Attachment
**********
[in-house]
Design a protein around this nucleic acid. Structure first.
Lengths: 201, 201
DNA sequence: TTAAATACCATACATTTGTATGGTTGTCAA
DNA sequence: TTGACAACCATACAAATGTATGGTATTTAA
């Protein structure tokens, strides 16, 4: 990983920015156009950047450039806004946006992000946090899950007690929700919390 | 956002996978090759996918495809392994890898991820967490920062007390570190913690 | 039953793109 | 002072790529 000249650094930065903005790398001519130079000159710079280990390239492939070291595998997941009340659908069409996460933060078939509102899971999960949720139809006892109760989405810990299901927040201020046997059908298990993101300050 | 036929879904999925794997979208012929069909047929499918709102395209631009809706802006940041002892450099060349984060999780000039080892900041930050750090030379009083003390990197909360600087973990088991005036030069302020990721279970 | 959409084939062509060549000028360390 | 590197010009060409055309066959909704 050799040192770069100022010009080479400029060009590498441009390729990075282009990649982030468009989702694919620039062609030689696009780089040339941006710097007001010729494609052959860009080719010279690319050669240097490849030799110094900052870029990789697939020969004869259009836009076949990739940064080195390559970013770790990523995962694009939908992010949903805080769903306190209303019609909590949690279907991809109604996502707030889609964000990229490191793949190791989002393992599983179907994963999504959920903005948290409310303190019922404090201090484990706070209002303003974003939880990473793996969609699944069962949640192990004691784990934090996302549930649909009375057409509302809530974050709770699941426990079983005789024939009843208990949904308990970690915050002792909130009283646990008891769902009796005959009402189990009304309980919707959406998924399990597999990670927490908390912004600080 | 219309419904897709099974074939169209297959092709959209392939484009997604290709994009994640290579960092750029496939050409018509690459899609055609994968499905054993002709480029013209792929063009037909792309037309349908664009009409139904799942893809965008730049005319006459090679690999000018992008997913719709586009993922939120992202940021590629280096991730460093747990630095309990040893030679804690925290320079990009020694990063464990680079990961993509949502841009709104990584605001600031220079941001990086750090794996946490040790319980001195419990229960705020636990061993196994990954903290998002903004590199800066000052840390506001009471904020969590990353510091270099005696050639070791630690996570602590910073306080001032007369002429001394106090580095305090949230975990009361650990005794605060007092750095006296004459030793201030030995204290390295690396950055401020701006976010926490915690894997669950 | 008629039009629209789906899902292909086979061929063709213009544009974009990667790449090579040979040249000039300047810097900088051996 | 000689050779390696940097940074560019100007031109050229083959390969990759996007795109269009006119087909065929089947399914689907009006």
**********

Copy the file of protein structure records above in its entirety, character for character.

[in-house]
Design a protein around this nucleic acid. Structure first.
Lengths: 201, 201
DNA sequence: TTAAATACCATACATTTGTATGGTTGTCAA
DNA sequence: TTGACAACCATACAAATGTATGGTATTTAA
């Protein structure tokens, strides 16, 4: 990983920015156009950047450039806004946006992000946090899950007690929700919390 | 956002996978090759996918495809392994890898991820967490920062007390570190913690 | 039953793109 | 002072790529 000249650094930065903005790398001519130079000159710079280990390239492939070291595998997941009340659908069409996460933060078939509102899971999960949720139809006892109760989405810990299901927040201020046997059908298990993101300050 | 036929879904999925794997979208012929069909047929499918709102395209631009809706802006940041002892450099060349984060999780000039080892900041930050750090030379009083003390990197909360600087973990088991005036030069302020990721279970 | 959409084939062509060549000028360390 | 590197010009060409055309066959909704 050799040192770069100022010009080479400029060009590498441009390729990075282009990649982030468009989702694919620039062609030689696009780089040339941006710097007001010729494609052959860009080719010279690319050669240097490849030799110094900052870029990789697939020969004869259009836009076949990739940064080195390559970013770790990523995962694009939908992010949903805080769903306190209303019609909590949690279907991809109604996502707030889609964000990229490191793949190791989002393992599983179907994963999504959920903005948290409310303190019922404090201090484990706070209002303003974003939880990473793996969609699944069962949640192990004691784990934090996302549930649909009375057409509302809530974050709770699941426990079983005789024939009843208990949904308990970690915050002792909130009283646990008891769902009796005959009402189990009304309980919707959406998924399990597999990670927490908390912004600080 | 219309419904897709099974074939169209297959092709959209392939484009997604290709994009994640290579960092750029496939050409018509690459899609055609994968499905054993002709480029013209792929063009037909792309037309349908664009009409139904799942893809965008730049005319006459090679690999000018992008997913719709586009993922939120992202940021590629280096991730460093747990630095309990040893030679804690925290320079990009020694990063464990680079990961993509949502841009709104990584605001600031220079941001990086750090794996946490040790319980001195419990229960705020636990061993196994990954903290998002903004590199800066000052840390506001009471904020969590990353510091270099005696050639070791630690996570602590910073306080001032007369002429001394106090580095305090949230975990009361650990005794605060007092750095006296004459030793201030030995204290390295690396950055401020701006976010926490915690894997669950 | 008629039009629209789906899902292909086979061929063709213009544009974009990667790449090579040979040249000039300047810097900088051996 | 000689050779390696940097940074560019100007031109050229083959390969990759996007795109269009006119087909065929089947399914689907009006």